Granta on “The F Word”: VS Naipaul not included

Ian McGillis looks at the new edition of Granta, which includes Edwidge Danticat, among others for the Montreal Gazette.

It’s a shame the newest Granta, dedicated as it is to the theme of feminism, went to press a bit too late to incorporate a response to VS Naipaul’s recent pronouncements on the inferiority of women writers. In case you missed it, the Nobel laureate expressed the firm conviction that no woman writer—and he meant ever, including Jane Austen—is his equal. He went on to claim that he can tell “within a paragraph or two” whether a piece of writing is by a woman, and hit a peak of baffling contentiousness with the following general statement: “And inevitably for a woman, she is not a complete master of a house, so that comes over in her writing, too.”

While there was a predictably quick volley of righteous refutations (Francine Prose in Harper’s springs to mind) what was perhaps most surprising, all things considered, was how little fuss Naipaul’s comments caused. This could be partly down to the source: Naipaul* is an inveterate contrarian, and it could well be that the boy-who-cried-wolf principle has set in with him. But it could also be a generation thing. It struck me, reading Naipaul’s little rant, just what a throwback his views are, back to the days when a figure like Norman Mailer could claim to be able to “sniff out the ink of the women.” Does Naipaul not represent the last gasp of an old guard that would find it acceptable to say such things? Is there really any reputable male writer under the age of, say, sixty, who would seriously make such claims? It seems to me that we have now, blessedly, put such things behind us, and that men can read women—and indeed women read men—with an objectivity that is, if not gender blind, then at least not wholly defined by gender politics. Take last week’s Mordecai Richler tribute supplement in The Gazette, in which three young female writers expressed unreserved admiration for a writer who has been accused at various times—always unjustly, in my view–of being unsympathetic in his portrayal of women.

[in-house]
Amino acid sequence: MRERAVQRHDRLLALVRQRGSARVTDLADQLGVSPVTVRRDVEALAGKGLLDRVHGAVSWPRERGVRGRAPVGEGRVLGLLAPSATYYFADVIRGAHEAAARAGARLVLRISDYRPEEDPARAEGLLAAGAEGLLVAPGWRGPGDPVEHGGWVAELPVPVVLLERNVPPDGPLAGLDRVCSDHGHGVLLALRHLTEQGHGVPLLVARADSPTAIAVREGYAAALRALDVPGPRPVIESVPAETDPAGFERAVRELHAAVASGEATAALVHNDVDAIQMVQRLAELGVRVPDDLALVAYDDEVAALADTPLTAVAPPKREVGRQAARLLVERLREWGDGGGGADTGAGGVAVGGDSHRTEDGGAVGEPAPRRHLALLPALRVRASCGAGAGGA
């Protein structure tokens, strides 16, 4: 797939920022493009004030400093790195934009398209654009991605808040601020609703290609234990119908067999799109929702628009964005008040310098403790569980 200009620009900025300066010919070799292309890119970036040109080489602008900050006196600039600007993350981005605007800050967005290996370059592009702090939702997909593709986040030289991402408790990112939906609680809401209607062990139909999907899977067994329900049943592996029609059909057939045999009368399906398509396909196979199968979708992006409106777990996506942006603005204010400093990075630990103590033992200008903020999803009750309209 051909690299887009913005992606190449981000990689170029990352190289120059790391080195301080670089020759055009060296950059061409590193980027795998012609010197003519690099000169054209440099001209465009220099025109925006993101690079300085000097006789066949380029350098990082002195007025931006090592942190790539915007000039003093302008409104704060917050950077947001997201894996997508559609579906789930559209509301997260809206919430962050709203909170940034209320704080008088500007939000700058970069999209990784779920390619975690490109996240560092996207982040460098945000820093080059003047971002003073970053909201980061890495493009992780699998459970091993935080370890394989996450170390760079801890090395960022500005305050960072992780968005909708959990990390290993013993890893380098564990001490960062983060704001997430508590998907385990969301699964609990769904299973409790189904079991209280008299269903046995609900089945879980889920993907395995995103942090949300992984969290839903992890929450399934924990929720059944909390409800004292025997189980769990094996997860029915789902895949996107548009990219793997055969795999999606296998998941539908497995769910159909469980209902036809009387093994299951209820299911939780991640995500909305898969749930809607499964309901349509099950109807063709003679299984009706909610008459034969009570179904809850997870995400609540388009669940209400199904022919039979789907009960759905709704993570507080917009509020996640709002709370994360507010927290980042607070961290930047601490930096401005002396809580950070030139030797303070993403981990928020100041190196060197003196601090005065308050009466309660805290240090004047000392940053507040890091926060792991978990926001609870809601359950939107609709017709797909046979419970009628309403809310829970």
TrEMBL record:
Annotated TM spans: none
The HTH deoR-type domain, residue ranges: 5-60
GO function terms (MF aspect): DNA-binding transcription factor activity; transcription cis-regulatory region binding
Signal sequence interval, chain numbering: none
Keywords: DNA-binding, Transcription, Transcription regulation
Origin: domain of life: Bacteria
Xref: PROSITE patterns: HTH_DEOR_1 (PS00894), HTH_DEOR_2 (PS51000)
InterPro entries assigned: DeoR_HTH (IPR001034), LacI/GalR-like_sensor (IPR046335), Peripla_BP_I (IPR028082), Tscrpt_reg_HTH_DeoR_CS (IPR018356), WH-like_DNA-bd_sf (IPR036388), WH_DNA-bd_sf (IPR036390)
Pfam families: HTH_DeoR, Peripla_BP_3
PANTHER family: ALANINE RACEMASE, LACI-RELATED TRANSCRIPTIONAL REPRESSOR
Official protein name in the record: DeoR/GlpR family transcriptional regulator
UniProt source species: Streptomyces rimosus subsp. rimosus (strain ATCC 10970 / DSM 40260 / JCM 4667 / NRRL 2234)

The Naipaul story coincided, for me, with hearing a BBC podcast interview with Margaret Drabble in which she was asked how much the world in which her early protagonists fought to be heard has changed. “It hasn’t changed as much as I thought it was going to,” she said. “I thought by now we’d all be liberated. These [old] stories are full of child care problems and people trying to juggle too many things in one life and I think women are still doing that, and in some ways are having a harder time now, when life is so much more expensive than it was. Life was much more easygoing in the sixties, you could have ad hoc [child care] arrangements at home and with friends. It’s now become so much more professionalized, and in some ways I think it’s more difficult.” A clearheaded, socially rooted comment on women’s practical ability to clear the space required to write, with echoes of Virginia Woolf’s A Room of One’s Own—the contrast with Naipaul’s crabby superiority couldn’t be more stark, or more refreshing.

Drabble, sadly, isn’t included in Granta’s feminism issue, but her sister AS Byatt is, with a short piece recalling the gender discrimination she encountered as a student and young academic in England in the 1950s and 60s. Byatt, of course, is on record as calling the women-only Orange Prize for Fiction sexist, withholding her own books from submission for the award and saying that she finds its assumption of a feminine subject matter spurious. The gulf between her early experience and present-day stance would appear to indicate that for her and others of her generation the battle has in many ways been won, or that at the very least a common playing field has been attained.

Presumably Byatt’s Orange Prize policy doesn’t extend to inclusion in women-only literary anthologies, and the case of this Granta that’s a good thing, as her presence adds heft to an already rich and internationally diverse array of writers both new (current Orange Prize recipient Tea Obrecht), established (Francine Prose, Louise Erdrich, Edwidge Danticat) and in the case of Eudora Welty, no longer with us. The editors have had the good sense not to impose any particular agenda regarding theme or subject matter, perhaps trusting that gathering a group of quality writers (and visual artists) between two covers is statement enough, and also, just possibly, acknowledging that feminism in 2011 is far too broad a church to be summarized neatly.

Two highlights for this reader are Helen Simpson, who as far as I can tell has been kept from recognition as one of the best living writers solely by the fact that she has exclusively written short stories (Alice Munro is the exception that proves the rule in that regard), and Rachel Cusk, whose “Aftermath,” a bottomlessly nuanced examination of one woman’s attempts at self-definition in the wake of a failed marriage, does the best thing a sampler magazine like Granta can do: it makes me want to run out and buy/borrow/beg all her books.

*Of whose work, if not his public persona, I have always been a fan; A House For Mr Biswas is one my all-time favourite novel.

For the original report go to

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